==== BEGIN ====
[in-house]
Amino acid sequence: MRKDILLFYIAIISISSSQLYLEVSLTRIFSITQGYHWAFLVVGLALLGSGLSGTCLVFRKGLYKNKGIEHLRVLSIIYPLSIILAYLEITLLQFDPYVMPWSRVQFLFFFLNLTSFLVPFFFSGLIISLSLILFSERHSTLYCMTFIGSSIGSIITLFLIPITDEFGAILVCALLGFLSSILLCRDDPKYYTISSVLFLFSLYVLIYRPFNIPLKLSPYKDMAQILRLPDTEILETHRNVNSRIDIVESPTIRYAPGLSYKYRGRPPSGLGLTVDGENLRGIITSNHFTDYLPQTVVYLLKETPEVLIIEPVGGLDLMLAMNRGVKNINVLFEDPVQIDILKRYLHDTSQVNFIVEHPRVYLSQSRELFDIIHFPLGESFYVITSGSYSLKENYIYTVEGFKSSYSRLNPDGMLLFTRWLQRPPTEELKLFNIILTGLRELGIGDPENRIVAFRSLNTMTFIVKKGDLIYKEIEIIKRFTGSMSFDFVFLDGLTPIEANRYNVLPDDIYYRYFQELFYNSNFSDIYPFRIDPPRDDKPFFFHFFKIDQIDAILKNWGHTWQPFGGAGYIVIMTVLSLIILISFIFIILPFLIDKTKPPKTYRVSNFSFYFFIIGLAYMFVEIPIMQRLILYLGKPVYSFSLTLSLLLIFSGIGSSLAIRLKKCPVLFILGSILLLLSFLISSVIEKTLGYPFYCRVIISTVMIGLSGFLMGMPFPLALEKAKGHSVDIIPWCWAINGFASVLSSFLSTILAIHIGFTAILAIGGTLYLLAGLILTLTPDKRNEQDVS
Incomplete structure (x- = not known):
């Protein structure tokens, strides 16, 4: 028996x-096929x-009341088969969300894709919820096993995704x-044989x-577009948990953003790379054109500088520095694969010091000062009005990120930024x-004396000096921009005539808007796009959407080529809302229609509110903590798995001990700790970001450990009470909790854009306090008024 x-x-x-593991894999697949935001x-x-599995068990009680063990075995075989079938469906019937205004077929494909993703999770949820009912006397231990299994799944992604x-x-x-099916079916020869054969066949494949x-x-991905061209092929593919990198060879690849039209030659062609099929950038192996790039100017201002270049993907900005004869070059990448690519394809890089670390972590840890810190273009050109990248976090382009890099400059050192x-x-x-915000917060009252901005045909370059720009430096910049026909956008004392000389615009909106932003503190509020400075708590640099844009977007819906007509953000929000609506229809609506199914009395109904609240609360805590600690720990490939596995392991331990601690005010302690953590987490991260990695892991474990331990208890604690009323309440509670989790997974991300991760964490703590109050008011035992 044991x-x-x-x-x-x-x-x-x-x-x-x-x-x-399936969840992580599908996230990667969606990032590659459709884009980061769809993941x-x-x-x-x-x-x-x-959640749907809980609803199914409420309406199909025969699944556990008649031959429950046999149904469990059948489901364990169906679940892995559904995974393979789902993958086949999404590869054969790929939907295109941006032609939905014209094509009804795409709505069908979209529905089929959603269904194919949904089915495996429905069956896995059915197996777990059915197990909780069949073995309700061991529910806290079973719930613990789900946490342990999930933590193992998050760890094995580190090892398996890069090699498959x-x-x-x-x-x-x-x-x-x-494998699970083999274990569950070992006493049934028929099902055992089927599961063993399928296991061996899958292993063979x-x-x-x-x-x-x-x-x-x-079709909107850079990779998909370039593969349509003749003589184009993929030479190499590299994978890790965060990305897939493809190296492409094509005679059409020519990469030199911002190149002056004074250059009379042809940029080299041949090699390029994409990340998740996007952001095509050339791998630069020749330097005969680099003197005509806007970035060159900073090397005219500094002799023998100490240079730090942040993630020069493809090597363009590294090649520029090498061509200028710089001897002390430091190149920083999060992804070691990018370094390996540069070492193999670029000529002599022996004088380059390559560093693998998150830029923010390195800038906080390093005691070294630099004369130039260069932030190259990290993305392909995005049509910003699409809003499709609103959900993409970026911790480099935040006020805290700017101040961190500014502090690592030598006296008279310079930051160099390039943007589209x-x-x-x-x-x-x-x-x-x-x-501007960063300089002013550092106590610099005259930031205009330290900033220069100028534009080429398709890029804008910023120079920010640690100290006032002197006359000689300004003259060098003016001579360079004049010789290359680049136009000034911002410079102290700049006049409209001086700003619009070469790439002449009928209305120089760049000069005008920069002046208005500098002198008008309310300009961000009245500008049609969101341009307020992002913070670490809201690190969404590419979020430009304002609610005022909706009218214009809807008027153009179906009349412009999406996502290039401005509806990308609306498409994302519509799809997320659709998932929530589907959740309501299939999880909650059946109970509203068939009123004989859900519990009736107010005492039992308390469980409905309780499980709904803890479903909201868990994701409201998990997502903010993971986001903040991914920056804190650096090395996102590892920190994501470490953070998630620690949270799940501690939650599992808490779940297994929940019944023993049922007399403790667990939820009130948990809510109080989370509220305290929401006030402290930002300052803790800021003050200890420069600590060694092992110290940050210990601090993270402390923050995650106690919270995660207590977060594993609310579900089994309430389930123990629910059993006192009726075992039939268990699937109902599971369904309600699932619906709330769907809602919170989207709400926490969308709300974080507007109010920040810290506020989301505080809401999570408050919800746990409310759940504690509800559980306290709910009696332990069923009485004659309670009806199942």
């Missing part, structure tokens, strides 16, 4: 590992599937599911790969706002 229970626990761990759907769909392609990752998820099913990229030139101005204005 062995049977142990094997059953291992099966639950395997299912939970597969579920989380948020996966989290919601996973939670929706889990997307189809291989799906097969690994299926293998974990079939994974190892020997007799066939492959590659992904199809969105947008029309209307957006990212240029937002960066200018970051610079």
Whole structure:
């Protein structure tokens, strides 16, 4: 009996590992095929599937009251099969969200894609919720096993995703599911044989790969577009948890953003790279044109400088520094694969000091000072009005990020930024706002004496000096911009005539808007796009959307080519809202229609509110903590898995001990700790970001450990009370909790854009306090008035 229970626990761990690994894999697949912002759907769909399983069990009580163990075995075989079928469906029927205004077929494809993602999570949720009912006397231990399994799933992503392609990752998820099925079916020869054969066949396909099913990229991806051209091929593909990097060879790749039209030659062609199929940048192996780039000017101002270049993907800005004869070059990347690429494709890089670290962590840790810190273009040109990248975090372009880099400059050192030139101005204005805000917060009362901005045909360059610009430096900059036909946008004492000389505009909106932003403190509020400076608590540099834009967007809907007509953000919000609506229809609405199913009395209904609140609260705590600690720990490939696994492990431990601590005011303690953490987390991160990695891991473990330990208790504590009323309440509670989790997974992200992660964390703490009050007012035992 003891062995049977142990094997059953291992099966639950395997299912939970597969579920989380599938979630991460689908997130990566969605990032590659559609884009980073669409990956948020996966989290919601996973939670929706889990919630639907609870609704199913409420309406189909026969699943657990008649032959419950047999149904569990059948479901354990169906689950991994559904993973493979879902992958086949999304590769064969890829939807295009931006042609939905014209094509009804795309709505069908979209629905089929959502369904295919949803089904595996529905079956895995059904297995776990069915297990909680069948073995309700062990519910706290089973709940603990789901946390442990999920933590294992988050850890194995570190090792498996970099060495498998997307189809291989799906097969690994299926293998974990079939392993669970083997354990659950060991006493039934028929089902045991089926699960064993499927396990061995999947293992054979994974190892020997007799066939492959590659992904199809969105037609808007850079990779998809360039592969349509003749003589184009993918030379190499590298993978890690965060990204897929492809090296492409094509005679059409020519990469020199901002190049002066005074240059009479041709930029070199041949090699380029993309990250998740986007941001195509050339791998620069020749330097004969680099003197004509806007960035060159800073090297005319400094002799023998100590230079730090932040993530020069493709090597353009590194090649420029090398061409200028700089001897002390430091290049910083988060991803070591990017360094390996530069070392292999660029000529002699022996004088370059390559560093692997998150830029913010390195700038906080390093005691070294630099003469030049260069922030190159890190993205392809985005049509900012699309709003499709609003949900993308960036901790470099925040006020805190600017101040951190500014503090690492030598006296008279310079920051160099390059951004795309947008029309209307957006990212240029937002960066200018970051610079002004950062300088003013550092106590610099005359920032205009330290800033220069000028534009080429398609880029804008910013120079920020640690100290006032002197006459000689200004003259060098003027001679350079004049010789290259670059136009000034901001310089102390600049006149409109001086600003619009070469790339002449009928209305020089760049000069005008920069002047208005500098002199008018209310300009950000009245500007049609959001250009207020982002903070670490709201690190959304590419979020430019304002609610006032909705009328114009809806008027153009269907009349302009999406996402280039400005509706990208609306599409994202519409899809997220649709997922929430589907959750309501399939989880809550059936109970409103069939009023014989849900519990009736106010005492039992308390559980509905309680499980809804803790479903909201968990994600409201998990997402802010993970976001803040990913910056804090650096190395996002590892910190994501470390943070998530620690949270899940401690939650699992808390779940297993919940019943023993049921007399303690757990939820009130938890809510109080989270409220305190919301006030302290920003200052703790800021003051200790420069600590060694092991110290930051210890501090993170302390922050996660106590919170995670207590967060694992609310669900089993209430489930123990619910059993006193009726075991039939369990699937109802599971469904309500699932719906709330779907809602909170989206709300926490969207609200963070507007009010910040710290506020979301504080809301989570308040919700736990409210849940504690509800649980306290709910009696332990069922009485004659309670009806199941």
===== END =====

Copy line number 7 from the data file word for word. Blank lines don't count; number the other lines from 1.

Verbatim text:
């Protein structure tokens, strides 16, 4: 009996590992095929599937009251099969969200894609919720096993995703599911044989790969577009948890953003790279044109400088520094694969000091000072009005990020930024706002004496000096911009005539808007796009959307080519809202229609509110903590898995001990700790970001450990009370909790854009306090008035 229970626990761990690994894999697949912002759907769909399983069990009580163990075995075989079928469906029927205004077929494809993602999570949720009912006397231990399994799933992503392609990752998820099925079916020869054969066949396909099913990229991806051209091929593909990097060879790749039209030659062609199929940048192996780039000017101002270049993907800005004869070059990347690429494709890089670290962590840790810190273009040109990248975090372009880099400059050192030139101005204005805000917060009362901005045909360059610009430096900059036909946008004492000389505009909106932003403190509020400076608590540099834009967007809907007509953000919000609506229809609405199913009395209904609140609260705590600690720990490939696994492990431990601590005011303690953490987390991160990695891991473990330990208790504590009323309440509670989790997974992200992660964390703490009050007012035992 003891062995049977142990094997059953291992099966639950395997299912939970597969579920989380599938979630991460689908997130990566969605990032590659559609884009980073669409990956948020996966989290919601996973939670929706889990919630639907609870609704199913409420309406189909026969699943657990008649032959419950047999149904569990059948479901354990169906689950991994559904993973493979879902992958086949999304590769064969890829939807295009931006042609939905014209094509009804795309709505069908979209629905089929959502369904295919949803089904595996529905079956895995059904297995776990069915297990909680069948073995309700062990519910706290089973709940603990789901946390442990999920933590294992988050850890194995570190090792498996970099060495498998997307189809291989799906097969690994299926293998974990079939392993669970083997354990659950060991006493039934028929089902045991089926699960064993499927396990061995999947293992054979994974190892020997007799066939492959590659992904199809969105037609808007850079990779998809360039592969349509003749003589184009993918030379190499590298993978890690965060990204897929492809090296492409094509005679059409020519990469020199901002190049002066005074240059009479041709930029070199041949090699380029993309990250998740986007941001195509050339791998620069020749330097004969680099003197004509806007960035060159800073090297005319400094002799023998100590230079730090932040993530020069493709090597353009590194090649420029090398061409200028700089001897002390430091290049910083988060991803070591990017360094390996530069070392292999660029000529002699022996004088370059390559560093692997998150830029913010390195700038906080390093005691070294630099003469030049260069922030190159890190993205392809985005049509900012699309709003499709609003949900993308960036901790470099925040006020805190600017101040951190500014503090690492030598006296008279310079920051160099390059951004795309947008029309209307957006990212240029937002960066200018970051610079002004950062300088003013550092106590610099005359920032205009330290800033220069000028534009080429398609880029804008910013120079920020640690100290006032002197006459000689200004003259060098003027001679350079004049010789290259670059136009000034901001310089102390600049006149409109001086600003619009070469790339002449009928209305020089760049000069005008920069002047208005500098002199008018209310300009950000009245500007049609959001250009207020982002903070670490709201690190959304590419979020430019304002609610006032909705009328114009809806008027153009269907009349302009999406996402280039400005509706990208609306599409994202519409899809997220649709997922929430589907959750309501399939989880809550059936109970409103069939009023014989849900519990009736106010005492039992308390559980509905309680499980809804803790479903909201968990994600409201998990997402802010993970976001803040990913910056804090650096190395996002590892910190994501470390943070998530620690949270899940401690939650699992808390779940297993919940019943023993049921007399303690757990939820009130938890809510109080989270409220305190919301006030302290920003200052703790800021003051200790420069600590060694092991110290930051210890501090993170302390922050996660106590919170995670207590967060694992609310669900089993209430489930123990619910059993006193009726075991039939369990699937109802599971469904309500699932719906709330779907809602909170989206709300926490969207609200963070507007009010910040710290506020979301504080809301989570308040919700736990409210849940504690509800649980306290709910009696332990069922009485004659309670009806199941």